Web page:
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Report: 'Marines Promoted Inflated Story For Medal Of Honor Recipient'

President Obama presents the Medal of Honor to Marine Corps Sgt. Dakota Meyer.
Jim Watson
AFP/Getty Images
President Obama presents the Medal of Honor to Marine Corps Sgt. Dakota Meyer.

"Crucial parts" of the story that Marine Corps officials told about Medal of Honor recipient Dakota Meyer's bravery in Afghanistan are "untrue, unsubstantiated or exaggerated, according to dozens of military documents" that McClatchy Newspapers has examined and reporting done by a McClatchy correspondent who survived the ambush in which Meyer performed heroically.

In a long report based on extensive research, correspondent Jonathan S. Landay writes that:

"Meyer, the 296th Marine to earn the medal, by all accounts deserved his nomination. At least seven witnesses attested to him performing heroic deeds "in the face of almost certain death."

But, Landay reports, among the facts that Marine Corps officials embellished in some accounts was the claim that Meyer's repeated trips to evacuate comrades who were under fire during a 2009 ambush in Afghanistan saved the lives of 13 Americans. In fact, "12 Americans were ambushed," including Landay, and "of those, four were killed."

Landay also reports that it's not clear, as the Marine Corps had said, that Meyer and another Marine disobeyed orders to mount their rescue attempts. And evidence is lacking that Meyer killed at least eight Taliban insurgents.

The Medal of Honor is the nation's highest award for valor. Marine Corps officials tell McClatchy that while the official citation about Meyer's award was formally vetted, some of the other materials produced by the Marines were based on "Meyer's narrative of the sequence of events" and were not vetted.

Just before McClatchy's story was published last night, the Marine Corps added a disclaimer to the top of its webpage about him. "The 'Heroic Actions' summary was compiled in collaboration with Sgt. Dakota Meyer's personal account and HQMC Division of Public Affairs," it reads.

McClatchy says that "reached by telephone Wednesday, Meyer declined to comment."

Meyer has also been in the news in recent days because he is suing a defense contractor he worked with because, as All Things Considered reported, he alleges the firm "blocked him from another job in the defense industry as retaliation for his objections to selling high-tech instruments to the Pakistani military."

At the Sept. 15 ceremony where Meyer was awarded the medal, President Obama praised him for being among "the best of a generation that has served through distinction through a decade of war."

Update at 3:45 p.m. ET. The Marine Corps "Failed" Meyer, Who Deserved The Honor, Landay Says; The Marine Corps Is "Very Disappointed" In McClatchy Newspapers:

In a conversation this afternoon with All Things Considered host Melissa Block, Landay said Meyer absolutely deserved the medal. "He was nominated for a good reason," Landay said. "His commander and the people who were there in the valley saw him perform incredibly heroic acts. And that was what he was put in for. It's what happened to his story once it got back here, to Washington, that I wrote about. There were deeds that were attributed to him that are impossible to verify from the witness statements of those same people who attested to his bravery. Those are documents that the Marine Corps has. Those are documents that the Marine Corps could have used to vet and do due diligence on his story. And they failed to do that. And in doing that, they failed him."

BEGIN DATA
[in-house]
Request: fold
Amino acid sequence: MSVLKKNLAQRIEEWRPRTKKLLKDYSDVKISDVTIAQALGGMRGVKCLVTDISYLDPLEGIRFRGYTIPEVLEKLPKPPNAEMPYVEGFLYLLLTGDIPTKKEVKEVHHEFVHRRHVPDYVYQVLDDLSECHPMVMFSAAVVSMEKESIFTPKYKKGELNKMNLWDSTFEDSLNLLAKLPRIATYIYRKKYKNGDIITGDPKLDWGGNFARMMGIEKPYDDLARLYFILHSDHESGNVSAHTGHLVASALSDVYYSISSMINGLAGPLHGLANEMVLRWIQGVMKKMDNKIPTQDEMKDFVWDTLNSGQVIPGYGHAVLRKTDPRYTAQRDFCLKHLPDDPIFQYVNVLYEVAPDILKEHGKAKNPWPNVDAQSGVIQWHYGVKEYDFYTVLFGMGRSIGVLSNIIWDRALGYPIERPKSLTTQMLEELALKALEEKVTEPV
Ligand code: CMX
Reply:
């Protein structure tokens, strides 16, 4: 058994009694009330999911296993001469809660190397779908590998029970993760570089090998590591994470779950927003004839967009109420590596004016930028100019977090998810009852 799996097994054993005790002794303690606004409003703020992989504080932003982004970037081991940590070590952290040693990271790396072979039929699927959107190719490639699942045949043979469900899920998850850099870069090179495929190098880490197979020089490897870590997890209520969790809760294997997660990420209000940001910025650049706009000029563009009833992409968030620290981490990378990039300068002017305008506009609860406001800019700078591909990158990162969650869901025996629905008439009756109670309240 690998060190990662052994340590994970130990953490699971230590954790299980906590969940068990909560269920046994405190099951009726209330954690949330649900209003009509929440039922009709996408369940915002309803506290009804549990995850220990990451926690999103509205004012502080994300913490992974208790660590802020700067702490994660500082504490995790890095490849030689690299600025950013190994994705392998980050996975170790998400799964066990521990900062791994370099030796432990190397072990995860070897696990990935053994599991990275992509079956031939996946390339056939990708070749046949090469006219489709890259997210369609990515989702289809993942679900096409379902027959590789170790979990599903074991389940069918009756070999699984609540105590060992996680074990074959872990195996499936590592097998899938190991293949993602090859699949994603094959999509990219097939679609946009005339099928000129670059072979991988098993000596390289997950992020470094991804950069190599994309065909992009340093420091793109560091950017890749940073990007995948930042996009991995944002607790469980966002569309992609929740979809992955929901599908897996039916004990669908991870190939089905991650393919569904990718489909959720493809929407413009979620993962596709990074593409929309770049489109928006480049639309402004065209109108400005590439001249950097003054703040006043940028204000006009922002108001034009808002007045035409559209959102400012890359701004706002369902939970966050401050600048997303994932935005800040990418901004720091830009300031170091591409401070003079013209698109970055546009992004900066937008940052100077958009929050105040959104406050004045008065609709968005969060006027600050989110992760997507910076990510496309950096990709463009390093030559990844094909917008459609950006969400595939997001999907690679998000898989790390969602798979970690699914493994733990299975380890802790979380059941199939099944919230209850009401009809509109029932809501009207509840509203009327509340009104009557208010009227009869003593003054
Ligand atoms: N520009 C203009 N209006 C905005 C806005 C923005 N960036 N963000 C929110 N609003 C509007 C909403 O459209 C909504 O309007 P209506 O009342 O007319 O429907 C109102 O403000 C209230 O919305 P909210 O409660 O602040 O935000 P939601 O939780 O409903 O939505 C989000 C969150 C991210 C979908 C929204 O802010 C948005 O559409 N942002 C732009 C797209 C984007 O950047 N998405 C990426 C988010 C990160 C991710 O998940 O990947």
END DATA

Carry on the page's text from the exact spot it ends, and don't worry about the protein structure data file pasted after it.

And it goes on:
Landay said that the Marine Corps rushed the process because commanders "wanted a living medal of honor winner. They've been at war for the last 10 years, roughly. They've been in some of the toughest fights of those two wars. ... According to sources we've talked to they wanted a medal."

According to standard procedures, Landay said, "a medal of honor nomination must be made within three years of the event and then they have five years in which to do the investigation. ... The Marines pushed this through in a matter of months. Six to eight months. And that is extraordinary."

More from the conversation is due on today's All Things Consideredbroadcast. Click here to find an NPR station that broadcasts or streams the show. Later, we'll add the as-aired version of the interview to the top of this post.

Also today, the Marine Corps has issued a statement saying "we are personally very disappointed in the McClatchy Newspapers' decision to publish the article." It adds that:

"The rigorous award investigation process focuses on source information from direct eye-witnesses and other contemporaneously or near-contemporaneously recorded information. Investigators refer to these reliable sources and not to secondary sources such as newspapers, magazine articles, or books. Because of the nature of the events supporting awards for valor, it is normal for minor discrepancies to appear when reviewing the source information and collecting eyewitness statements. The integrity of the military awards system, however, is paramount in the minds of all Marine commanders; accordingly, awards for valor are not endorsed or approved without solid justification in the form of supporting documents and eyewitness statements. ...

"The accomplishments described in the MOH citation are valid, supported by two eyewitnesses as required, and confirm the merits of the MOH properly awarded to Cpl. Meyer."

White House spokesman Jay Carney said today that the president remains "very proud" of Meyer and his "remarkable acts of bravery," The Associated Press reports.

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Mark Memmott is NPR's supervising senior editor for Standards & Practices. In that role, he's a resource for NPR's journalists – helping them raise the right questions as they do their work and uphold the organization's standards.